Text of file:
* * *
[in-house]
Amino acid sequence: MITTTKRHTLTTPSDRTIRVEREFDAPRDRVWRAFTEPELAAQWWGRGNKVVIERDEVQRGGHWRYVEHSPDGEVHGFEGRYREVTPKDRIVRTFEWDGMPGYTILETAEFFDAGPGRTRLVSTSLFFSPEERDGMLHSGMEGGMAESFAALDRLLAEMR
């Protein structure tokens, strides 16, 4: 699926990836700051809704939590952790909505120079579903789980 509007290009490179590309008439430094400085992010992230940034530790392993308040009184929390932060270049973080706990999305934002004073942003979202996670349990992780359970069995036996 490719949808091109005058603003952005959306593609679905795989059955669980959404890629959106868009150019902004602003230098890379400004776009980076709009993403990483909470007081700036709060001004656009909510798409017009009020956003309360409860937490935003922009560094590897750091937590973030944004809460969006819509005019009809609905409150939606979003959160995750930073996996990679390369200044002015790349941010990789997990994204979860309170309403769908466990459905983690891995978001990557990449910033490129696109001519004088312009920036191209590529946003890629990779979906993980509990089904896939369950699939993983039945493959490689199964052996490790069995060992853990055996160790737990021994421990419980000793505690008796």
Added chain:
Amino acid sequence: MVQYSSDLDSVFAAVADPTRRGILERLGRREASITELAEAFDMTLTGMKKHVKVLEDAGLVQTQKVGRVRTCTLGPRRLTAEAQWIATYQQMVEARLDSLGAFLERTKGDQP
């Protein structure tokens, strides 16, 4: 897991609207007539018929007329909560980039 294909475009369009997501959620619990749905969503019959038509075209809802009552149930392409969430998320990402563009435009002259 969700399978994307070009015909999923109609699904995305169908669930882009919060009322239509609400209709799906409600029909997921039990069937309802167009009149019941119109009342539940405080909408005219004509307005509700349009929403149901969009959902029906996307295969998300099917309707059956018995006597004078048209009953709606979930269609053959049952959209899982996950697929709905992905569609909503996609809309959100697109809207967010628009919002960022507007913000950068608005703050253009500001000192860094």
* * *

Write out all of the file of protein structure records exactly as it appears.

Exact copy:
[in-house]
Amino acid sequence: MITTTKRHTLTTPSDRTIRVEREFDAPRDRVWRAFTEPELAAQWWGRGNKVVIERDEVQRGGHWRYVEHSPDGEVHGFEGRYREVTPKDRIVRTFEWDGMPGYTILETAEFFDAGPGRTRLVSTSLFFSPEERDGMLHSGMEGGMAESFAALDRLLAEMR
């Protein structure tokens, strides 16, 4: 699926990836700051809704939590952790909505120079579903789980 509007290009490179590309008439430094400085992010992230940034530790392993308040009184929390932060270049973080706990999305934002004073942003979202996670349990992780359970069995036996 490719949808091109005058603003952005959306593609679905795989059955669980959404890629959106868009150019902004602003230098890379400004776009980076709009993403990483909470007081700036709060001004656009909510798409017009009020956003309360409860937490935003922009560094590897750091937590973030944004809460969006819509005019009809609905409150939606979003959160995750930073996996990679390369200044002015790349941010990789997990994204979860309170309403769908466990459905983690891995978001990557990449910033490129696109001519004088312009920036191209590529946003890629990779979906993980509990089904896939369950699939993983039945493959490689199964052996490790069995060992853990055996160790737990021994421990419980000793505690008796």
Added chain:
Amino acid sequence: MVQYSSDLDSVFAAVADPTRRGILERLGRREASITELAEAFDMTLTGMKKHVKVLEDAGLVQTQKVGRVRTCTLGPRRLTAEAQWIATYQQMVEARLDSLGAFLERTKGDQP
């Protein structure tokens, strides 16, 4: 897991609207007539018929007329909560980039 294909475009369009997501959620619990749905969503019959038509075209809802009552149930392409969430998320990402563009435009002259 969700399978994307070009015909999923109609699904995305169908669930882009919060009322239509609400209709799906409600029909997921039990069937309802167009009149019941119109009342539940405080909408005219004509307005509700349009929403149901969009959902029906996307295969998300099917309707059956018995006597004078048209009953709606979930269609053959049952959209899982996950697929709905992905569609909503996609809309959100697109809207967010628009919002960022507007913000950068608005703050253009500001000192860094």